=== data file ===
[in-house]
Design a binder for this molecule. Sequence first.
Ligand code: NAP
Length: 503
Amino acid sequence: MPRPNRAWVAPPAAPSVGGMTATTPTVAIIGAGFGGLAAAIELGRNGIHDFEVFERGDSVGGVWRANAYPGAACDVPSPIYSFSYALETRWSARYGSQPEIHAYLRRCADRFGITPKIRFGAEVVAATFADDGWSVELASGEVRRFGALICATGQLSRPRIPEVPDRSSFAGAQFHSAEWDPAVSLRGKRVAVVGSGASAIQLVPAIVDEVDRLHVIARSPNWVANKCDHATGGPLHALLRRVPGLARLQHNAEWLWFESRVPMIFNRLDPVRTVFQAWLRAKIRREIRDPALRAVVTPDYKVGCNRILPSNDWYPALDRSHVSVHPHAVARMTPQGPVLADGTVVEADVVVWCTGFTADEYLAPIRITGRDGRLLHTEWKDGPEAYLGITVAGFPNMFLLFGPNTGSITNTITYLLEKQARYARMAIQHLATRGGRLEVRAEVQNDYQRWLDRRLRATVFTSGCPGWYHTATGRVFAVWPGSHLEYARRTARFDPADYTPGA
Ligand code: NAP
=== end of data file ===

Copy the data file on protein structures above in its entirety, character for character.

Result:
[in-house]
Design a binder for this molecule. Sequence first.
Ligand code: NAP
Length: 503
Amino acid sequence: MPRPNRAWVAPPAAPSVGGMTATTPTVAIIGAGFGGLAAAIELGRNGIHDFEVFERGDSVGGVWRANAYPGAACDVPSPIYSFSYALETRWSARYGSQPEIHAYLRRCADRFGITPKIRFGAEVVAATFADDGWSVELASGEVRRFGALICATGQLSRPRIPEVPDRSSFAGAQFHSAEWDPAVSLRGKRVAVVGSGASAIQLVPAIVDEVDRLHVIARSPNWVANKCDHATGGPLHALLRRVPGLARLQHNAEWLWFESRVPMIFNRLDPVRTVFQAWLRAKIRREIRDPALRAVVTPDYKVGCNRILPSNDWYPALDRSHVSVHPHAVARMTPQGPVLADGTVVEADVVVWCTGFTADEYLAPIRITGRDGRLLHTEWKDGPEAYLGITVAGFPNMFLLFGPNTGSITNTITYLLEKQARYARMAIQHLATRGGRLEVRAEVQNDYQRWLDRRLRATVFTSGCPGWYHTATGRVFAVWPGSHLEYARRTARFDPADYTPGA
Ligand code: NAP